Wednesday , 23 April 2014

2009 Event

Grinham claims her fourth,
Matthew wins Marathon

14-Sep 2009, Finals, Manchester:
[2] Rachael Grinham (Aus) bt [5] Madeline Perry (Irl)   11/6, 11/5, 12/10 (39m)
[5] Nick Matthew (Eng) bt [10] James Willstrop (Eng) 8/11, 11/8, 7/11, 11/3, 12/10 (123m)
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Former champions Nick Matthew and Rachael Grinham reclaimed the British Open titles after contrasting victories in the finals of the world’s oldest and most prestigious squash championships at the National Squash Centre in Manchester.

It took 122 minutes for Nick Matthew to emerge triumphant in the first all-English men’s final for 70 years when he beat England team-mate James Willstrop in the climax of the $92,500 PSA World Tour Super Series event.

Matthew, the England number one, reached the final without dropping a game. But it was Willstrop, last year’s runner-up, who took the early advantage – winning the first game in convincing style.

However Matthew, the 2006 champion from Sheffield, battled back to take the second. The next two games were also shared – with Leeds man Willstrop visibly tiring at the end of the fourth as he put three successive balls into the tin.

In the decider – a gladiatorial encounter between two determined Yorkshiremen – Matthew built up a 6-2 lead before Willstrop delighted the packed crowd by coming back to overtake his opponent, eventually reaching match-ball at 10-9.

But former champion Matthew was not about to throw in the towel. The 29-year-old reclaimed the advantage before going on to clinch the title on his first match-ball, winning 8-11, 11-8, 7-11, 11-3, 12-10 to claim the historic trophy for the second time.

“That was a fantastic match,” said the new champion as he collected the trophy. “I want to thank James. I think you deserved it – you were the best player on the night, but I gutsed it out!”

Matthew, who boasts a career-high world No5 ranking, then admitted that he had been suffering with a back injury during the tournament: “I nearly didn’t play the quarter-final match. I spent about five hours in the physio room before that match – and it’s thanks to EIS (English Institute of Sport) phsyio Jade (Elias) that I came through. Jade, you’re a star!”

Asked later if he thought he was a better player than when he first won the coveted title in 2006 – since when he has undergone shoulder surgery – Matthew said: “I was a better squash player yesterday, in the semis, than I was today.

“Today was best in terms of guts and determination. I don’t know how my body got through this week. I’m just shattered by the effort. The last few points were a blur. I’m amazed I ever got to the final, let alone win the title,” concluded the new champion.

Willstrop, who also had match-balls in last year’s final, was clearly still in a state of shock half an hour after the match.

“A bit of a horror story, really. I’m desperately disappointed,” said the disconsolate runner-up. “It was a good game of squash – and I thought I played really well.”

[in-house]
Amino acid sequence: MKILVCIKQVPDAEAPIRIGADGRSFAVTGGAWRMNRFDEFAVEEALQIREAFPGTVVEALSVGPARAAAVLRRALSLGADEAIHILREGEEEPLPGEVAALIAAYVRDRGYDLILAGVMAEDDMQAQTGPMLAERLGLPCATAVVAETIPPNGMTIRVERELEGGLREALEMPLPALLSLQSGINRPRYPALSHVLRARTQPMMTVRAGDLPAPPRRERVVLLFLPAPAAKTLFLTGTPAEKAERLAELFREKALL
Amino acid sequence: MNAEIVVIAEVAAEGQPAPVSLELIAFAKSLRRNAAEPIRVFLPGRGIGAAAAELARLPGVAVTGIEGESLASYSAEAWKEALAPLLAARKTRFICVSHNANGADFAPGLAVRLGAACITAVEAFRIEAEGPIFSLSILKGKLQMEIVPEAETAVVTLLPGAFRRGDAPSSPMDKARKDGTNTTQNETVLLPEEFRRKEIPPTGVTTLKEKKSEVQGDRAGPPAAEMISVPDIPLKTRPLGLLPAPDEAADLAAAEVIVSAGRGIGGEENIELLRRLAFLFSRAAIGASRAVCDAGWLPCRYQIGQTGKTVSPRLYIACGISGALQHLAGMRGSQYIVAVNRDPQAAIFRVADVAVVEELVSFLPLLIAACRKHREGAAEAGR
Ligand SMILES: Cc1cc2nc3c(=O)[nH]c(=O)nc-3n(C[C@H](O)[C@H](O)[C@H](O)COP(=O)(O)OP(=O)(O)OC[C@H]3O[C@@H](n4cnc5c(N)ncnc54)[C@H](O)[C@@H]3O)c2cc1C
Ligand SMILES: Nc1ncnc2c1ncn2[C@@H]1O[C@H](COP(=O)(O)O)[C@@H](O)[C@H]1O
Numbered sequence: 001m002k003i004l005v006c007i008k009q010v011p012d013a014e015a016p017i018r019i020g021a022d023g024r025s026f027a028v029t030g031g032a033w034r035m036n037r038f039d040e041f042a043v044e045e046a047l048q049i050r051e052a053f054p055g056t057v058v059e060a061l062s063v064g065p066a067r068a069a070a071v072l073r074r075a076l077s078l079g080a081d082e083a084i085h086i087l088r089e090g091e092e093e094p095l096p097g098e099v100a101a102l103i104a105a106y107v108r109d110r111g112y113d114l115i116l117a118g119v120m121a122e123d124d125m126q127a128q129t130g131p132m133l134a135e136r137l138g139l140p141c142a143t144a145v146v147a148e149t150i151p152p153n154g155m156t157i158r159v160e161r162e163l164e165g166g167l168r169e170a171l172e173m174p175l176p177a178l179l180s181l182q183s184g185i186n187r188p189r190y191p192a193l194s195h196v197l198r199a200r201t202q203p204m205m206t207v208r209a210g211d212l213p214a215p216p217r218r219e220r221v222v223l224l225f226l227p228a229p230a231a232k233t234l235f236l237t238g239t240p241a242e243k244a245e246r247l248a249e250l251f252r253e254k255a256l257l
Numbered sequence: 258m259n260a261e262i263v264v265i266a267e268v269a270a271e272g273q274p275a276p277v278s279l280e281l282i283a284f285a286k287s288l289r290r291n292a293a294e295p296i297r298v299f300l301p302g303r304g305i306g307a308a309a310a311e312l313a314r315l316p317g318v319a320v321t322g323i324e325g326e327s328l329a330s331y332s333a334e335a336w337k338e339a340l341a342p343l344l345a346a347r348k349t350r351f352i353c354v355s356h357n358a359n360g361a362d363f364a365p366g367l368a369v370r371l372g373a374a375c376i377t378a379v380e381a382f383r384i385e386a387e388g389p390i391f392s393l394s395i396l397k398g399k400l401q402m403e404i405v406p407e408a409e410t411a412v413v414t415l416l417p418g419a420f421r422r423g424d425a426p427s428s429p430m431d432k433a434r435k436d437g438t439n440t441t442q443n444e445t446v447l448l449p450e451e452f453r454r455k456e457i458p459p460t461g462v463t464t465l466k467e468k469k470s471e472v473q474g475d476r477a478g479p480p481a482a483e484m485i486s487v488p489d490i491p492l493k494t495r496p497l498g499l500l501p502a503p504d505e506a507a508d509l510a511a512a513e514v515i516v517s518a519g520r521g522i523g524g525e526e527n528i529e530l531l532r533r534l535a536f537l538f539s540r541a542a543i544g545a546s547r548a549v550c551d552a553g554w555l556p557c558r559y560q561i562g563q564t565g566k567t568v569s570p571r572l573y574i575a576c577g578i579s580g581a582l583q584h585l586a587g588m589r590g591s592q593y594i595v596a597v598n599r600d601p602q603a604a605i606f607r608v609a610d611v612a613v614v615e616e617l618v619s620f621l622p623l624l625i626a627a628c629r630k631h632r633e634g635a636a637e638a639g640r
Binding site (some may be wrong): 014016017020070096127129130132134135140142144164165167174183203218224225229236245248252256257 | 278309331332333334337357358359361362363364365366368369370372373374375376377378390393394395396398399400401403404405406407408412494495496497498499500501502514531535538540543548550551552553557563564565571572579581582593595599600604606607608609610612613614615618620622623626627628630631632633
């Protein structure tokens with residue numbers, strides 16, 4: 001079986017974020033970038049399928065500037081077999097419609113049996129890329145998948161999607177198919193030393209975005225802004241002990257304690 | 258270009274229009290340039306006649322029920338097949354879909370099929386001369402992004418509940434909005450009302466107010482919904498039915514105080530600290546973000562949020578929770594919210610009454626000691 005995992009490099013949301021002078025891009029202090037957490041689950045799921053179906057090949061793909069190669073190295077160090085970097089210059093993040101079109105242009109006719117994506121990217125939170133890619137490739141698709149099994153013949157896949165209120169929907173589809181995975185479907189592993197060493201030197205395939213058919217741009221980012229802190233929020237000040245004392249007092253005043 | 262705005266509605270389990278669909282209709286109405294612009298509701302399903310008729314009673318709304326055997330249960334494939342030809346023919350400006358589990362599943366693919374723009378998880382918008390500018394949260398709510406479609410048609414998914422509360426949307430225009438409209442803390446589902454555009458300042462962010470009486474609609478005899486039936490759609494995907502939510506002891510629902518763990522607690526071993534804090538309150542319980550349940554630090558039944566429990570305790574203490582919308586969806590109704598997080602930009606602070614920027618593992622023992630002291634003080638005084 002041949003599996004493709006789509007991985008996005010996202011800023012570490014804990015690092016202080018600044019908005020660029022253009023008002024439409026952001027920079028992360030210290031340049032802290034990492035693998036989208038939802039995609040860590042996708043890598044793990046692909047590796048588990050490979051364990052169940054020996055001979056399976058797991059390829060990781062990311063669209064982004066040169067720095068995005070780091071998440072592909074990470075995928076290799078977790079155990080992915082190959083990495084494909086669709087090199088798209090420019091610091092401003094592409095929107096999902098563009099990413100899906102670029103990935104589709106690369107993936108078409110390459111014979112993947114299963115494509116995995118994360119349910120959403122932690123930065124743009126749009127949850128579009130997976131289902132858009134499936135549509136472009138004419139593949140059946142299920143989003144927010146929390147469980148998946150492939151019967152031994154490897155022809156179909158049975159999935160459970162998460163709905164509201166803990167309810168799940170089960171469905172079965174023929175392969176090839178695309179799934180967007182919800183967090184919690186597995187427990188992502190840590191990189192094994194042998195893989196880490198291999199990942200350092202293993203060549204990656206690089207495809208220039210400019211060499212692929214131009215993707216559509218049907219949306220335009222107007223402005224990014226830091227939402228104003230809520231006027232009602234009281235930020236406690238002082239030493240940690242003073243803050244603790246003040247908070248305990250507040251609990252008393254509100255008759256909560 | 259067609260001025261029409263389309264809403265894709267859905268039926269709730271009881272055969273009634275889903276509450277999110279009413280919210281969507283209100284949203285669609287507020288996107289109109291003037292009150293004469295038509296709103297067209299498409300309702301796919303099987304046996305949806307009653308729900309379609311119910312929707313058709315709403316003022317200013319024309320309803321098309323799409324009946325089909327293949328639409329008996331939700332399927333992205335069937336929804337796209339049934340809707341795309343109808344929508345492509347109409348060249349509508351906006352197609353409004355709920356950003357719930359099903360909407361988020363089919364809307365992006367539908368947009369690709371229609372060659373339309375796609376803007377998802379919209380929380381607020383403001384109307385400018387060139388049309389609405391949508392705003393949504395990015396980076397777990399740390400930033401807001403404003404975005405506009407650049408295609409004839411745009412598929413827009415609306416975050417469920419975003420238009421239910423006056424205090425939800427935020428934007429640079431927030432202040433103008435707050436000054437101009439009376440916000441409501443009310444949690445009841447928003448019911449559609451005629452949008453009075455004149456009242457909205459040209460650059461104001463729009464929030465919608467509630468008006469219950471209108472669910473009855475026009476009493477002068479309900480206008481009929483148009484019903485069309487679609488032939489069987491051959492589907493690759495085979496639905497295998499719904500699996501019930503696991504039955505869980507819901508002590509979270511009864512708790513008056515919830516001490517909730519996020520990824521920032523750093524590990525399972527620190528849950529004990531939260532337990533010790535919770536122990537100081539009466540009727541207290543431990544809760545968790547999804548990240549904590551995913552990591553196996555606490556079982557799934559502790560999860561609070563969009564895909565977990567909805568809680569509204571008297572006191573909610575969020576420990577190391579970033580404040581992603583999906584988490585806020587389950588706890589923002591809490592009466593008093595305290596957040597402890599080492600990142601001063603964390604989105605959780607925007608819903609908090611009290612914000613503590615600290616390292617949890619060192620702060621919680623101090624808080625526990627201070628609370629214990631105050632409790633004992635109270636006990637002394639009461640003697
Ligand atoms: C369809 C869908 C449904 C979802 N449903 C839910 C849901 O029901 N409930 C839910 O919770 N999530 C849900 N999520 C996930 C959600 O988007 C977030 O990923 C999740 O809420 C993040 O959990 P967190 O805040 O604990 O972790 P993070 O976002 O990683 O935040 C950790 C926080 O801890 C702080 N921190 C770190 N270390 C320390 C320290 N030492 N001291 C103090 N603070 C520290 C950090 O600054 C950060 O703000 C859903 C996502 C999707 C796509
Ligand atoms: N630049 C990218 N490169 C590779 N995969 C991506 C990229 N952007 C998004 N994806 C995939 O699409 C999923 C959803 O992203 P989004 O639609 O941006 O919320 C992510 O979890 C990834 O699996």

When reminded that, only months ago, he was recovering from ankle surgery, Willstrop acknowledged: “I’m absolutely thrilled with the way I played tonight. To have come out and played like that after the surgery was very pleasing. I had match balls to win the British again! But he came out on top.”

Earlier, Australia’s Rachael Grinham ended the dream run of Irish champion Madeline Perry to win the women’s $53,500 WISPA World Tour Gold title for a fourth time.

Perry, the first Northern Irish finalist in the history of the women’s event, was unable to reproduce the form which saw her trounce hot favourite Nicol David, the world number one from Malaysia, in the quarter-finals.

Grinham dominated the first two games and held match-ball at 10-6 in the third. But Perry stepped up a gear and saved four match balls to take the game into a tie-break.

However, the former world number one from Australia reclaimed the advantage to run out an 11-6, 11-5, 12-10 winner after 39 minutes.

“I was really focussed today – I couldn’t have played any better,” said Grinham. It hasn’t really sunk in yet. At the beginning of the week I was a few points from getting knocked out – I was lucky to get through,” added the Queenslander, ranked four in the world.

“To win the British Open for the fourth time is not easy to do.”

Both players head straight from Manchester to Amsterdam where the Forexx Women’s World Open Championship gets underway next week.

“I have been having a lot of trouble with confidence all week – so having a result like this going into the Worlds next week should give me confidence.”

Perry rued her missed opportunity. “I’m obviously disappointed – but if you’re feeling a bit tired, the worst player in the world to play is Rachael Grinham. I didn’t really get into it until the third game,” explained the fifth seed from Banbridge, near Belfast.

Reaching the final was a remarkable achievement for Perry, who sustained a serious brain injury following mysterious fall in Milan just two years ago.

“That’s behind me now. This week I’ve played the best squash of my life – I’ve reached another level. I’d rather not think about what might be in next week’s World Open – I could have won the British Open if I’d played as well as I did in the previous two rounds.”

 

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